“Review in contempt proceedings is limited to whether there is competent evidence to support the findings of fact and whether the findings support the conclusions of law.” Adkins v. Adkins, 82 N.C. App. 289, 292, 346 S.E.2d 220, 222 (1986). “It is well established that in civil contempt proceedings to enforce orders for child support, the court is required to find only that the allegedly delinquent obligor has the means to comply with the order and that he or she wilfully refused to do so.” Plott v. Plott, 74 N.C. App. 82, 84-85, 327 S.E.2d 273, 275 (1985). If the trial court's findings of fact are supported by any competent evidence, they are conclusive on appeal. Hartsell v. Hartsell, 99 N.C. App. 380, 385, 393 S.E.2d 570, 573 (1990), aff'd, 328 N.C. 729, 403 S.E.2d 307 (1991).
    “[S]tatutes governing proceedings for civil contempt in child support cases clearly assign the burden of proof to the party alleged to be delinquent.” Plott, 74 N.C. App. at 85, 327 S.E.2d at 275. Defendant, the alleged delinquent, had the burden of showing he either lacked the means to pay or his failure to pay wasnot willful. See id. Defendant offered no evidence of medical disability other than his unsupported assertions of the severity of his asthma and diabetes. He alleged having made direct payments upon request, but admitted his awareness that he would not receive credit for such payments. Despite an admitted weekly take-home income of $300.00 to $350.00 for the preceding two to three months, defendant made no support payments. However, he asserted that he had to “take care of the two older ones that I have.” Defendant brought $150.00 with him to the hearing to apply toward support and told the trial court that he could now pay $100.00 to $150.00 per week toward support.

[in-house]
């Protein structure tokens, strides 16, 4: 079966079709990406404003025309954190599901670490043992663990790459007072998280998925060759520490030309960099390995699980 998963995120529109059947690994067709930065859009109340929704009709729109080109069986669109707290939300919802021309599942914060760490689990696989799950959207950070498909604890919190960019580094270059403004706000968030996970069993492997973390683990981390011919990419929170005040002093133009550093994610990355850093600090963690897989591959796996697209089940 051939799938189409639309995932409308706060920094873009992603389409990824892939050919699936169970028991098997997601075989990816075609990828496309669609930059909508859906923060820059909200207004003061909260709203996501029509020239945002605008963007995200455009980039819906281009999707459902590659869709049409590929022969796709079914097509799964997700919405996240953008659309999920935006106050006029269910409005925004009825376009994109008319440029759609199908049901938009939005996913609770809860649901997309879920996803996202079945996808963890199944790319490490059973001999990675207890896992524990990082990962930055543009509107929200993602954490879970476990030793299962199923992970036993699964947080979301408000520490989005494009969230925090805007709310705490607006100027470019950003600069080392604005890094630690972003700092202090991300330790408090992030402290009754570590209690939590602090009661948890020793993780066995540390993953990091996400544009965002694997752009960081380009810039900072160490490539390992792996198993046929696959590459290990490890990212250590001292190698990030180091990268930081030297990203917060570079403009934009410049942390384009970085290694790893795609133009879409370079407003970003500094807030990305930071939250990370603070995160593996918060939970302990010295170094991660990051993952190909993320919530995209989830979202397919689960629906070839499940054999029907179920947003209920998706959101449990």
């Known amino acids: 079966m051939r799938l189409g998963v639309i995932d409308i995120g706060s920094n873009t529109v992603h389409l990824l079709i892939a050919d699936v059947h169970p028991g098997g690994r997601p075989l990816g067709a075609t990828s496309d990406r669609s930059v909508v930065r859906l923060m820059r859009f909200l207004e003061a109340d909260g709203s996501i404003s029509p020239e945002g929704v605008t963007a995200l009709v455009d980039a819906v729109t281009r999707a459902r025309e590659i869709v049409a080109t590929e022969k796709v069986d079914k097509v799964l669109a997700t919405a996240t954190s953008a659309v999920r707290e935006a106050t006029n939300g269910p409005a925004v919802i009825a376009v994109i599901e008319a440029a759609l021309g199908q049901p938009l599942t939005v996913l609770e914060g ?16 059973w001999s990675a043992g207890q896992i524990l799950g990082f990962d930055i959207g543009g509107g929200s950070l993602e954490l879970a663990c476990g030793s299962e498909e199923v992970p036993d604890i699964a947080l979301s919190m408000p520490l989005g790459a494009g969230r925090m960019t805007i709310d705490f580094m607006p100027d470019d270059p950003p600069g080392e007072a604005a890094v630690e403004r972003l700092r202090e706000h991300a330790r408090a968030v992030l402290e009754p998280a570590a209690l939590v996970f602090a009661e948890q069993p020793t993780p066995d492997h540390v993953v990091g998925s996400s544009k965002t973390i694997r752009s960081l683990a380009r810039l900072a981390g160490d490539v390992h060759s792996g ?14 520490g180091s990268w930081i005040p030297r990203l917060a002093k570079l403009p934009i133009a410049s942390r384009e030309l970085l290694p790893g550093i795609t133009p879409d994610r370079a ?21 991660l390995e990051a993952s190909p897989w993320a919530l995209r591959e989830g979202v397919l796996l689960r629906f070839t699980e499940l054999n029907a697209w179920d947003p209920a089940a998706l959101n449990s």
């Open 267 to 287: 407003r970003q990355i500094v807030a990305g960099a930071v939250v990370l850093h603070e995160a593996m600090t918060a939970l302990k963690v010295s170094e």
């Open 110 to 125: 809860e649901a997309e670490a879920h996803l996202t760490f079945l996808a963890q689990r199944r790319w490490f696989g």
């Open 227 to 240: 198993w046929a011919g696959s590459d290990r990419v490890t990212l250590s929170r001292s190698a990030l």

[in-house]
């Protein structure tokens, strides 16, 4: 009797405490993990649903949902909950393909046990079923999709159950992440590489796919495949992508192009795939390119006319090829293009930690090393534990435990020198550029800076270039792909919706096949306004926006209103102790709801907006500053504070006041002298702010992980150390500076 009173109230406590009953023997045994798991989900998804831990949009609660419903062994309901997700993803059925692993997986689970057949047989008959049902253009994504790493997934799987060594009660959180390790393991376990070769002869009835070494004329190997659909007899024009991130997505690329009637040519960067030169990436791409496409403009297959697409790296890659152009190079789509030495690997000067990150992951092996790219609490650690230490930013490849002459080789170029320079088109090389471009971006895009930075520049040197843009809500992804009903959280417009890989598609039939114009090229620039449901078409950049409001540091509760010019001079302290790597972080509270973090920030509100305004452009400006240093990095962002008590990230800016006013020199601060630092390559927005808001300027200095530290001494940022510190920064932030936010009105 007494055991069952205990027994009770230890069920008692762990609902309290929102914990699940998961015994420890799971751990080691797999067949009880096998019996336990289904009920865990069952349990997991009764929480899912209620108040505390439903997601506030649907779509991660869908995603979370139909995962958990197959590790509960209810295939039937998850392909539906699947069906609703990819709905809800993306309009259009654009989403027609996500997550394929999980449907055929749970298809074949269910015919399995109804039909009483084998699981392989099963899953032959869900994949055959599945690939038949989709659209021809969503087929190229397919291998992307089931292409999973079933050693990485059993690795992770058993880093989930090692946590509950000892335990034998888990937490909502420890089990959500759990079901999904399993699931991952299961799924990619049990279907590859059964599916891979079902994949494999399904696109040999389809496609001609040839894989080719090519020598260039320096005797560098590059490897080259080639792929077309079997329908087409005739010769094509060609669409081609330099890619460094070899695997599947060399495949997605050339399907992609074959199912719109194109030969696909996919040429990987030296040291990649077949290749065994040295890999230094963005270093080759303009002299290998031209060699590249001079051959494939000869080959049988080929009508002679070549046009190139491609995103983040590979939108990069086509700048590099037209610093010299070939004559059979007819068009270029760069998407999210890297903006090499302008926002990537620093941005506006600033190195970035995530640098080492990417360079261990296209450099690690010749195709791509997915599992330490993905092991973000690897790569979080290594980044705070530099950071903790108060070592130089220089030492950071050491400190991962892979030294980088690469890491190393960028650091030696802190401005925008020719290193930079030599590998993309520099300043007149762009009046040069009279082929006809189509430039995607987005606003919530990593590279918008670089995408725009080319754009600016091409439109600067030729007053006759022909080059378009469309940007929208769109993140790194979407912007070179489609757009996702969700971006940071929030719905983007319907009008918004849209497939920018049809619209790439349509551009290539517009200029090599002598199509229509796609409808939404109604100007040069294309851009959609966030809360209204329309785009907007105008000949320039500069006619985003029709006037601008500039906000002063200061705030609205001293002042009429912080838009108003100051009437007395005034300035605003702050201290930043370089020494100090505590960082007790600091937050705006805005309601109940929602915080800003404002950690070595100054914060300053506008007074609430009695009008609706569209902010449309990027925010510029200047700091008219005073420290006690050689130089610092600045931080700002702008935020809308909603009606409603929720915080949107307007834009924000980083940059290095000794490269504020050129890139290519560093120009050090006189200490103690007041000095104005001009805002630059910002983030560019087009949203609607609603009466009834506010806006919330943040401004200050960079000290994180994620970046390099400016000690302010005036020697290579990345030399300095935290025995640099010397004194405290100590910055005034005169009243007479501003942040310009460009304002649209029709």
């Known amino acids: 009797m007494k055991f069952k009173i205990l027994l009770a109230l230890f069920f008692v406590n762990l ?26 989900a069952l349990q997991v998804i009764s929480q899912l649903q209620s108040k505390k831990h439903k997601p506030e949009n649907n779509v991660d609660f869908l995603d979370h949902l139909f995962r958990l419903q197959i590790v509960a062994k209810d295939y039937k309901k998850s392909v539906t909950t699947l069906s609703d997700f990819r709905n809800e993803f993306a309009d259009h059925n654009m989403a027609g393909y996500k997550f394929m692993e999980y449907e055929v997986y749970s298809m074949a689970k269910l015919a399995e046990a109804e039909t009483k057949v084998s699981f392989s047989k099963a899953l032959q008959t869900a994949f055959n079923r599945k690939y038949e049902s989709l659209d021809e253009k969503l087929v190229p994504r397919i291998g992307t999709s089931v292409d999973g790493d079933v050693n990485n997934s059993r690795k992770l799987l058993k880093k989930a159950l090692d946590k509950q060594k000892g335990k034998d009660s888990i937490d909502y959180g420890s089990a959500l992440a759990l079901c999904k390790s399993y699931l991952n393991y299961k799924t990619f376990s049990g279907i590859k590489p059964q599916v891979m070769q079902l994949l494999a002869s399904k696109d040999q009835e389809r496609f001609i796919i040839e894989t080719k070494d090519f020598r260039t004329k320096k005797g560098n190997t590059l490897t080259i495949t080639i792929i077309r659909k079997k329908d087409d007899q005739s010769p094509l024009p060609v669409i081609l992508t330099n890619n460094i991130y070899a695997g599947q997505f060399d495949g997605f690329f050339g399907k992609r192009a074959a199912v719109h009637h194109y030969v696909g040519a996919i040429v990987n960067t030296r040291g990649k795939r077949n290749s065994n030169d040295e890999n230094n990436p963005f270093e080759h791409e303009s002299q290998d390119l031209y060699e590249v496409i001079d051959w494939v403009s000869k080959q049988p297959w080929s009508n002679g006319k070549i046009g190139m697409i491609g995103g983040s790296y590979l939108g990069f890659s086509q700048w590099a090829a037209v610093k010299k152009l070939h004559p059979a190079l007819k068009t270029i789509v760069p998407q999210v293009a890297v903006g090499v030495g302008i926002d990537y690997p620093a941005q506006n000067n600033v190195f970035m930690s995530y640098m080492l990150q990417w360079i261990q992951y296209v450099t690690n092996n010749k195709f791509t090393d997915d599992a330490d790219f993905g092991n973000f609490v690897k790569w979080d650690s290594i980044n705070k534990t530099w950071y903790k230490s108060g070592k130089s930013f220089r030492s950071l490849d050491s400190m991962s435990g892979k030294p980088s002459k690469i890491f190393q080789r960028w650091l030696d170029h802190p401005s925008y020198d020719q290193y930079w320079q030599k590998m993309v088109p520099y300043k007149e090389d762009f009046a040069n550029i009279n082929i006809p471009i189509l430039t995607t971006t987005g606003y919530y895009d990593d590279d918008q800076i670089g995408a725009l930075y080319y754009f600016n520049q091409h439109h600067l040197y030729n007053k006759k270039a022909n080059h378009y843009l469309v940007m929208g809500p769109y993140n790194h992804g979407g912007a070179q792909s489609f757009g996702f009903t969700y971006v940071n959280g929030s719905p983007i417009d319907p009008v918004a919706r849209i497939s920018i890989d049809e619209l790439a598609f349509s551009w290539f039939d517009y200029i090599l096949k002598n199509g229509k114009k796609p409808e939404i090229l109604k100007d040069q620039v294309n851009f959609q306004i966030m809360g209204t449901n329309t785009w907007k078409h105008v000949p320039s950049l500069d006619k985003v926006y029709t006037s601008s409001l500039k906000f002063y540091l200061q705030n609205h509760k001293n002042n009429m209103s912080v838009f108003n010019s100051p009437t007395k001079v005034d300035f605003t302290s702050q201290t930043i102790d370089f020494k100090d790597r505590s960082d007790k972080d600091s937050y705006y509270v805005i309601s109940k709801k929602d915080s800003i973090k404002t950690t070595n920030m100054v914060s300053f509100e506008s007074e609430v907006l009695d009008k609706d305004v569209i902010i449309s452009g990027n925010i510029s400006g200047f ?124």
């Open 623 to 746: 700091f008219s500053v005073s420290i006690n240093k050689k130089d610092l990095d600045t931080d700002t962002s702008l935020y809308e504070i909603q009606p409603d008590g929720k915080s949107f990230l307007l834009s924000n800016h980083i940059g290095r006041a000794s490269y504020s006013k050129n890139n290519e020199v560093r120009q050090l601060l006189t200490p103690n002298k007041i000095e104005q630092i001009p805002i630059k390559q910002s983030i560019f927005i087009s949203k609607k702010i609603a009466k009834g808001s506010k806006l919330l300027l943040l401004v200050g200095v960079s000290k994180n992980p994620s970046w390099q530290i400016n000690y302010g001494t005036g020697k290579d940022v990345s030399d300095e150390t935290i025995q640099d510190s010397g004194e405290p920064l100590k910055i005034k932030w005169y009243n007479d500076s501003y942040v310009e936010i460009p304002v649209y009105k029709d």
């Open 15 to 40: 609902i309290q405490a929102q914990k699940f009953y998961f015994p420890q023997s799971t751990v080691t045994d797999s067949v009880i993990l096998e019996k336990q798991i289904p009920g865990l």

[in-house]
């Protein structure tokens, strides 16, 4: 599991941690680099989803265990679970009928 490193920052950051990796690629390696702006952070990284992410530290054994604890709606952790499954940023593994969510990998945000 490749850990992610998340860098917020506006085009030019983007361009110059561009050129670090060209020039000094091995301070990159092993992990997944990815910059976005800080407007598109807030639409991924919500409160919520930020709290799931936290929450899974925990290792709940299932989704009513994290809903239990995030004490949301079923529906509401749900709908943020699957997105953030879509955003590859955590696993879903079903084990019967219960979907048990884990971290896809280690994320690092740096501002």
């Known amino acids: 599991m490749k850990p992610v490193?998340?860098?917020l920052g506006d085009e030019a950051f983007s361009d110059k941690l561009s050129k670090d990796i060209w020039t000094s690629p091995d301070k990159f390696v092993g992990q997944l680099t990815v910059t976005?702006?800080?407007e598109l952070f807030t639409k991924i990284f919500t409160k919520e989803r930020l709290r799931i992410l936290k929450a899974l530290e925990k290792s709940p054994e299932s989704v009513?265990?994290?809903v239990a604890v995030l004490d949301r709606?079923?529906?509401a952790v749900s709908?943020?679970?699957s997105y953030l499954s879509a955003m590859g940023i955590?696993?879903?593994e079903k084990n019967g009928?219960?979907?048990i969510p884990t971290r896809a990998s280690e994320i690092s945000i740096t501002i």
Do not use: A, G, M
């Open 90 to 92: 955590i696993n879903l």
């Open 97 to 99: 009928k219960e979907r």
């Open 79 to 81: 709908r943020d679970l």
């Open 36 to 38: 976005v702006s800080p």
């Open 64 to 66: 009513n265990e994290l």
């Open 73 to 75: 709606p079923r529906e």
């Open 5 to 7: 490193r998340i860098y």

Defendant's own testimony provided ample competent evidence to support the trial court's findings of fact as to his present ability to comply and his willful refusal to do so. Because defendant failed to carry his burden, the trial court was warranted in finding him in contempt. Accordingly, the trial court's order is affirmed.
    Affirmed.
    Chief Judge EAGLES and Judge TIMMONS-GOODSON concur.
    Report per Rule 30(e).